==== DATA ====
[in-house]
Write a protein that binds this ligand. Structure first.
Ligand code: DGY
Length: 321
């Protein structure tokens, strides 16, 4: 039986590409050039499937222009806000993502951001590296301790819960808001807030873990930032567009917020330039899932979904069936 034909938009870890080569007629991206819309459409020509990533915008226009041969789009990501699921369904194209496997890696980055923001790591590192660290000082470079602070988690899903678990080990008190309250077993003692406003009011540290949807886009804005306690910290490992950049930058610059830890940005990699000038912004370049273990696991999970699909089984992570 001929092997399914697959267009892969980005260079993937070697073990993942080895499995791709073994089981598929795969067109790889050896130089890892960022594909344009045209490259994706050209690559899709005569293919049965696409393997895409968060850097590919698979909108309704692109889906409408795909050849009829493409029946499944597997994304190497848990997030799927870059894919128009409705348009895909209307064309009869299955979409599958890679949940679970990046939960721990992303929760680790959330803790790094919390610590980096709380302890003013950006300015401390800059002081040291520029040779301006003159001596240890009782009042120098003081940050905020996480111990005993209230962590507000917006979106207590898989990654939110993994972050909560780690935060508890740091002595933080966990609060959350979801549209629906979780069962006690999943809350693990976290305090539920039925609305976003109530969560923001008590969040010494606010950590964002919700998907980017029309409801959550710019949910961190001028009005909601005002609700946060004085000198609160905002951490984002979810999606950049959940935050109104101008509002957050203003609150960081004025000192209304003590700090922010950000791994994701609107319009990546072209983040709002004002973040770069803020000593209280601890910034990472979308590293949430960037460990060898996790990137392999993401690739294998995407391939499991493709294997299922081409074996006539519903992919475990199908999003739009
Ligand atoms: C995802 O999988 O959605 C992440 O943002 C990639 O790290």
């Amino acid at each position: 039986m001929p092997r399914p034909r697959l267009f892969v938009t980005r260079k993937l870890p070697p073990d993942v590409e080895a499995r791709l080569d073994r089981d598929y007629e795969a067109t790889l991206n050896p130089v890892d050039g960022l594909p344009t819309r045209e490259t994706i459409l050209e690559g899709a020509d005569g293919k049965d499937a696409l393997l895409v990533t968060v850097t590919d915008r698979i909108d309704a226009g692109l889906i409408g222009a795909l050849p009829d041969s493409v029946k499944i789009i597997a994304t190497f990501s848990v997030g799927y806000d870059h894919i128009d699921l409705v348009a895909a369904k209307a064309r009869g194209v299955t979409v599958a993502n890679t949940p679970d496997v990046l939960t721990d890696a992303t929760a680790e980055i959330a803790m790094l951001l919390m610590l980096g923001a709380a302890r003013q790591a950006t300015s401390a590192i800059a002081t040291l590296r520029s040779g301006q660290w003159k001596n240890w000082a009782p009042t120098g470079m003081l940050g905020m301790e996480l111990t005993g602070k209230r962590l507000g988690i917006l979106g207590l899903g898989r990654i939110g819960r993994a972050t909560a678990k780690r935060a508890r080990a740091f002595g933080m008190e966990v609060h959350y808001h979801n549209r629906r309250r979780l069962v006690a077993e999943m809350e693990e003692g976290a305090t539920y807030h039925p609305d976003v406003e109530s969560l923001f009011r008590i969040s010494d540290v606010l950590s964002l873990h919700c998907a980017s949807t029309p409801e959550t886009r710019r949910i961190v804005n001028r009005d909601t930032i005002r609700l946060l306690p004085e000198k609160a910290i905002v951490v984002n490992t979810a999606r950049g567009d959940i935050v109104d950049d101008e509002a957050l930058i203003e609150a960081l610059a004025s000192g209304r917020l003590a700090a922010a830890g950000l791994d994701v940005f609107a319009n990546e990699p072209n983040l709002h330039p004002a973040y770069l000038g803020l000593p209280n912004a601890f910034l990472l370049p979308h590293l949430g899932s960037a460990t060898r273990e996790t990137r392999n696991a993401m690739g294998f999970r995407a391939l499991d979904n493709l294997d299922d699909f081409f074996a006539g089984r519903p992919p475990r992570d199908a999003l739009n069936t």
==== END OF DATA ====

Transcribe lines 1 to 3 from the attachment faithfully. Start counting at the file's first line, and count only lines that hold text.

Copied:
[in-house]
Write a protein that binds this ligand. Structure first.
Ligand code: DGY